Ranga Babu
Create role in IAM AWS

SQL Server in Kubernetes Cluster using KOPS

May 24, 2019 by

In this article, we will review how to create a Kubernetes cluster in AWS using KOPS, provision Elastic Block Store (EBS) as persistent volume to store the database files and deploy SQL Server in the K8s cluster.

Here is step by step to configure the K8s cluster in AWS using KOPS.

Creating a K8s cluster in AWS using KOPS

Log in to the AWS console, Click on Services and search for EC2. Click on EC2(Virtual Servers in the Cloud).

EC2 service in AWS

In the EC2 Dashboard, Click on Launch Instance and select Ubuntu server with t2.micro size.

launch EC2 Ubuntu instance

Configure instance details, storage, and security groups and launch the instance using a new key pair or use the existing key pair if already have one.

Create an IAM role with below policies and assign the role to Ubuntu instance you created above.This role is used to create Kubernetes cluster resouces.

To create an IAM role, click on Services and search for IAM. Click on IAM (Manage User Access and Encrypted Keys)


In IAM console, Click on Roles (1). Click on Create Role (2).

Create role in IAM AWS

Select EC2 in “Choose the service that will use the role” and click on Next: Permissions.

service that will the IAM role

Select the above-mentioned policies. Click on Next and Review. Enter the role name and click on Create Role. Now navigate to the EC2 Dashboard and select the Ubuntu instance you created above, Right-click -> Instance Settings -> Attach/Replace IAM Role. Select the IAM role you created above and click on Apply.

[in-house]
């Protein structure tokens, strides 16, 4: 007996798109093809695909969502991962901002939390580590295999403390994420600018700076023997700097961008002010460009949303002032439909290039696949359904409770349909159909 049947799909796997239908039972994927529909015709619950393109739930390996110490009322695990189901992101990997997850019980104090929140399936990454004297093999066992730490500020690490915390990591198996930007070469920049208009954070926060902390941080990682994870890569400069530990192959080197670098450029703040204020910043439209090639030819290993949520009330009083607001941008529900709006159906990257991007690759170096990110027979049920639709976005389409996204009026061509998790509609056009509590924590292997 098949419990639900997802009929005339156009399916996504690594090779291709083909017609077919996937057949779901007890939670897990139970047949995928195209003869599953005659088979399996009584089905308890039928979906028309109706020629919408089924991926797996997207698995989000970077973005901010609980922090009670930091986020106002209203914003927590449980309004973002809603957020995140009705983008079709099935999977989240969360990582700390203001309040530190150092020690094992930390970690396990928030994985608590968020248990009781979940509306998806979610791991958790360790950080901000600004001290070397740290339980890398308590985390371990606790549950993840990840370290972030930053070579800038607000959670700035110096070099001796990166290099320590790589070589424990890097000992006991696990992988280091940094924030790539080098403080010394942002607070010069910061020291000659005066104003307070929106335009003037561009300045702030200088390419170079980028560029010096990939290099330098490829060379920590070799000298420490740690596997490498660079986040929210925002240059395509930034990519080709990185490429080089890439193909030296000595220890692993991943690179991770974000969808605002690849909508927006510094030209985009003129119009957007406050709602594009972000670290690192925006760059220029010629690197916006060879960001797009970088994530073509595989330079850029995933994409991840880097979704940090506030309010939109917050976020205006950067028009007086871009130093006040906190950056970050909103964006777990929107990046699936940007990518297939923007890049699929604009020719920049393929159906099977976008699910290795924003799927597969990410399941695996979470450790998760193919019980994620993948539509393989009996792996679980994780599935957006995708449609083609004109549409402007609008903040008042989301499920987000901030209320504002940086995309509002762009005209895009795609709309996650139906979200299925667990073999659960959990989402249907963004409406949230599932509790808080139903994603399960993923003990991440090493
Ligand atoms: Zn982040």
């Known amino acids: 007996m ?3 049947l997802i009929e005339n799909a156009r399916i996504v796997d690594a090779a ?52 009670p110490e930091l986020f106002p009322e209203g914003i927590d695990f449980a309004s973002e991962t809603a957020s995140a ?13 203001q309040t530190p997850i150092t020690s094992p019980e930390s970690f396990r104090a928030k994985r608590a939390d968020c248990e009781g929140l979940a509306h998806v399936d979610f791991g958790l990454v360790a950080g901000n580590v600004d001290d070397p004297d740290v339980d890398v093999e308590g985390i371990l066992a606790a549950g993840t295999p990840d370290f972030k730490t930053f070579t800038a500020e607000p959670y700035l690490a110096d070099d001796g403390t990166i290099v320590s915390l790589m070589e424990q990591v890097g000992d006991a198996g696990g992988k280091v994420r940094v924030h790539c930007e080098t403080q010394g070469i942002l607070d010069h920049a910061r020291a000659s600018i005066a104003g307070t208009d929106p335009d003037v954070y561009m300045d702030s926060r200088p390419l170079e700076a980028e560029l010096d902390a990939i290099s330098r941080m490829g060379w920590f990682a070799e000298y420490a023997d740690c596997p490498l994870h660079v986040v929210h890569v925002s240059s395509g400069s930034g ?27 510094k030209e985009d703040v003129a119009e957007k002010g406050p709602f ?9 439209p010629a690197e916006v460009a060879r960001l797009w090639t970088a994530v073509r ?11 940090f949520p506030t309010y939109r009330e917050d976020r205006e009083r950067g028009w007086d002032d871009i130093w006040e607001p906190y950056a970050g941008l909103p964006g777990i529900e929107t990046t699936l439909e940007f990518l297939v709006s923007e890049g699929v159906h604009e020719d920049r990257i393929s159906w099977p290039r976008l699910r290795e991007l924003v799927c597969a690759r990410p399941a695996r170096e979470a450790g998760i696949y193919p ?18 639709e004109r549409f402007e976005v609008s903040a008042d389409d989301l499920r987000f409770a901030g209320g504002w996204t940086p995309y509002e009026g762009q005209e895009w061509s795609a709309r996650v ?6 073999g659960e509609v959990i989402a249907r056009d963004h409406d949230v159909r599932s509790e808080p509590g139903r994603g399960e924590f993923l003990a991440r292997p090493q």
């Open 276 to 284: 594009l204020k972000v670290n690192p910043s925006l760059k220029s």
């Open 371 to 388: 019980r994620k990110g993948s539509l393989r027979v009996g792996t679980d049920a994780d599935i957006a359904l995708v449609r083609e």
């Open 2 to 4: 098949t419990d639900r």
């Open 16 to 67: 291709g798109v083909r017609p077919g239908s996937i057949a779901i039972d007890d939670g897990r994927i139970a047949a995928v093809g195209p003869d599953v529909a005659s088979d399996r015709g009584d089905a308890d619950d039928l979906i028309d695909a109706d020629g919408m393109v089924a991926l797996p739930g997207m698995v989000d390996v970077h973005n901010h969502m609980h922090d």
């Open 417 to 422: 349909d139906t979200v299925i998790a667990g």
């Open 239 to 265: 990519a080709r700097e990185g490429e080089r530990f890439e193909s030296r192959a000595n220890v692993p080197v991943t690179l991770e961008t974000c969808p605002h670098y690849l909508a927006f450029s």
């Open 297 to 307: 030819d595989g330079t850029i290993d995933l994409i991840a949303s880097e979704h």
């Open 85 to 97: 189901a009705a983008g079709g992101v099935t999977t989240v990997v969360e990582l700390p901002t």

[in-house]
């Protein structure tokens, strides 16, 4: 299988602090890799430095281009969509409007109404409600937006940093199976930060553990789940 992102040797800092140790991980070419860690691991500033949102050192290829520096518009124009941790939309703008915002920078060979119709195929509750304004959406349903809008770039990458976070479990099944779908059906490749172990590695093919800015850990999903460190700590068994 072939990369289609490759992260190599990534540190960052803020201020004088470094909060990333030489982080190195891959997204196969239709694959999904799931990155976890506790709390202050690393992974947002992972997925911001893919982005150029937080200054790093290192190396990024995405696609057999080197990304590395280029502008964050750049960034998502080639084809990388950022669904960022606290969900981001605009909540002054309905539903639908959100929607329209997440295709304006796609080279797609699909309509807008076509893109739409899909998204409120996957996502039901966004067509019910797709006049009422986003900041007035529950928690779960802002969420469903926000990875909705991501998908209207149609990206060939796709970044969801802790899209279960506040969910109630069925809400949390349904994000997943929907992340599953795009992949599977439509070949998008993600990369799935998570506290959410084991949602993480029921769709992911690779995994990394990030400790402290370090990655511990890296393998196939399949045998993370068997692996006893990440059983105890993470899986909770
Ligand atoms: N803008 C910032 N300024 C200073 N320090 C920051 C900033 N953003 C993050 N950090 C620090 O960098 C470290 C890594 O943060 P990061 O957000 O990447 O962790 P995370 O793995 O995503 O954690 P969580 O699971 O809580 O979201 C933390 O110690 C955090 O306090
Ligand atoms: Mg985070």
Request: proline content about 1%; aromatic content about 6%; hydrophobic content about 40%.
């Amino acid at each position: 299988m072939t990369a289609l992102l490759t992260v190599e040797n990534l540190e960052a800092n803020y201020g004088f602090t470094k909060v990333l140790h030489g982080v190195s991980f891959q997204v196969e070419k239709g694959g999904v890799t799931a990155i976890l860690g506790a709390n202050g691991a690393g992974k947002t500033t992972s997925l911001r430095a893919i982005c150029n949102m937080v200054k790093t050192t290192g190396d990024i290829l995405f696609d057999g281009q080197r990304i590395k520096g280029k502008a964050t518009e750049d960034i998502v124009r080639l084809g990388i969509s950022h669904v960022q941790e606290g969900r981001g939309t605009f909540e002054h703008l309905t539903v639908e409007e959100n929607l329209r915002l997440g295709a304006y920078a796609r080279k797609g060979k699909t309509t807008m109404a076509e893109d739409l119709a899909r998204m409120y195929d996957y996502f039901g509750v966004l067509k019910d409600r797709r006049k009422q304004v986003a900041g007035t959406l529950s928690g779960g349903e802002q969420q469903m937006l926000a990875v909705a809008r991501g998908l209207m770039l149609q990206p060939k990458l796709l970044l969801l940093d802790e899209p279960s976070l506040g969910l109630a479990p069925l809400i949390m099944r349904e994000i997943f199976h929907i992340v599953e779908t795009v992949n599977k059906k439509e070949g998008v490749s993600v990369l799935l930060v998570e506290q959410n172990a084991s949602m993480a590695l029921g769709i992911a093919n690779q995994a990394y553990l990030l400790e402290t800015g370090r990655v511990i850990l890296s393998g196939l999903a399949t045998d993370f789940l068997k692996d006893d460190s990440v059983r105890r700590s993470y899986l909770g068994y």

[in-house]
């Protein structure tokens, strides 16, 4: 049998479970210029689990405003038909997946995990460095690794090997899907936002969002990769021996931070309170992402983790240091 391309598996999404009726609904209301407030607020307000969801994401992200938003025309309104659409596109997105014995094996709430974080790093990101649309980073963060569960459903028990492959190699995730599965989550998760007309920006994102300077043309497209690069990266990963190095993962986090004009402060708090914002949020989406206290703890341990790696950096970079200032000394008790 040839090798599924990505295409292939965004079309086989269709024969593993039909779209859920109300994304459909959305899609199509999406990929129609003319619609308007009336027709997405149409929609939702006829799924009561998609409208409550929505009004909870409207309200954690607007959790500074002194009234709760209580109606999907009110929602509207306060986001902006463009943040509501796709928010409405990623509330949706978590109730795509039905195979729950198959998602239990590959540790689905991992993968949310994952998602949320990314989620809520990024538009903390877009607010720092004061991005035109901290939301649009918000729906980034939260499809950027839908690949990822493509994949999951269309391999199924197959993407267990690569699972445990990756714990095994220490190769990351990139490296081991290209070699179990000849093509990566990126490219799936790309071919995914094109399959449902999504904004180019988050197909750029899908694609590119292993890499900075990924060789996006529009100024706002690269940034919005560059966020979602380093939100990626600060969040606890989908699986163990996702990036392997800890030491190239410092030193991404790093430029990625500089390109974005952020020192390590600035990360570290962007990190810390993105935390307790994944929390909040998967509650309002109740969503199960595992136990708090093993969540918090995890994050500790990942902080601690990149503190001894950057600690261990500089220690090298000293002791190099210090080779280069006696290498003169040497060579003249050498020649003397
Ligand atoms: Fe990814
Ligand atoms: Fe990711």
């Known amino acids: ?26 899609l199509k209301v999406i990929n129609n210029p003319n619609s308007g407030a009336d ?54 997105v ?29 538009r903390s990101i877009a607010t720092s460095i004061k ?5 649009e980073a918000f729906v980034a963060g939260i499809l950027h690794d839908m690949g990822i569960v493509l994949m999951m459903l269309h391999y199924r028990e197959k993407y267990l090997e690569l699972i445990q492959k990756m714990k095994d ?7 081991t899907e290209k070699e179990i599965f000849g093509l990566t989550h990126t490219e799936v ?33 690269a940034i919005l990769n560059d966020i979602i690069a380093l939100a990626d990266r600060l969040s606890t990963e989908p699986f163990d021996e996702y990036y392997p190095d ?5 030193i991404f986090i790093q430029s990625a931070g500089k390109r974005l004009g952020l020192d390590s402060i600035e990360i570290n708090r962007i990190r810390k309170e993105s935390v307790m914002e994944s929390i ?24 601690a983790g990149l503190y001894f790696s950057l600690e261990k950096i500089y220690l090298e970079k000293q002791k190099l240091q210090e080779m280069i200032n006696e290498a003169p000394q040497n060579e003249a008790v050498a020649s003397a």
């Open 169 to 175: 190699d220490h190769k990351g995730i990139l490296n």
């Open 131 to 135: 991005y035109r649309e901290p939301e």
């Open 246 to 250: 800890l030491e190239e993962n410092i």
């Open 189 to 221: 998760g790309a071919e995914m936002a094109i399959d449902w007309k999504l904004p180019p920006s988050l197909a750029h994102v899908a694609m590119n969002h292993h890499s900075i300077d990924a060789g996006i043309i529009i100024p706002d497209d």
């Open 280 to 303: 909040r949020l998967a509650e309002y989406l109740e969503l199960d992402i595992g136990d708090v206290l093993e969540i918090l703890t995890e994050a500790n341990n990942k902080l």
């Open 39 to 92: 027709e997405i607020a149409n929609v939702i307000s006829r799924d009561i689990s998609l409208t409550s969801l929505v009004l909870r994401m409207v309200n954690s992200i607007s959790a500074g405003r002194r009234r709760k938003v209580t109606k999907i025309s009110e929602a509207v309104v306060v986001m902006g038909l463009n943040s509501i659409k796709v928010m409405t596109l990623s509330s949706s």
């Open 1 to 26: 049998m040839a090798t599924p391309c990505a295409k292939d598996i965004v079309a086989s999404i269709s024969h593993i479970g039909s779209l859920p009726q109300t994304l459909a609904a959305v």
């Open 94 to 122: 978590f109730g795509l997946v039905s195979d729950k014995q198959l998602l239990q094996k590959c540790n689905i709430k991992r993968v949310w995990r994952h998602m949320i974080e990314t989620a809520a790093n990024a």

Kubernetes cluster - Assign role to ubuntu instance

To connect to the Ubuntu instance, we must download PuTTy from putty.org and install it. After installing PuTTy, open PuTTygen and click on load,

select the .pem file (key pair) which was used to launch the Ubuntu instance and click on Save private key.

Now open putty and enter the hostname. To know the hostname of the Ubuntu instance, navigate to the EC2 dashboard, select the instance and copy the public DNS as shown in the below image.

public DNS of EC2 Ubuntu instance

hostname in putty

Click on Auth (1). Browse the private key you created in the above step (2). Click on Open (3).

authentication in putty

Login with Ubuntu user.

login to Ubuntu instance to create Kubernetes cluster

Log in as a superuser using below command.

Install AWS CLI using below commands. AWS Command Line Interface is a tool to configure, manage AWS services from the command line.

Once we install AWS CLI, we need to install the Kubernetes command-line tool (kubectl) on Ubuntu instance which is used to run commands against K8s cluster. Use below commands to download the latest version and install kubectl.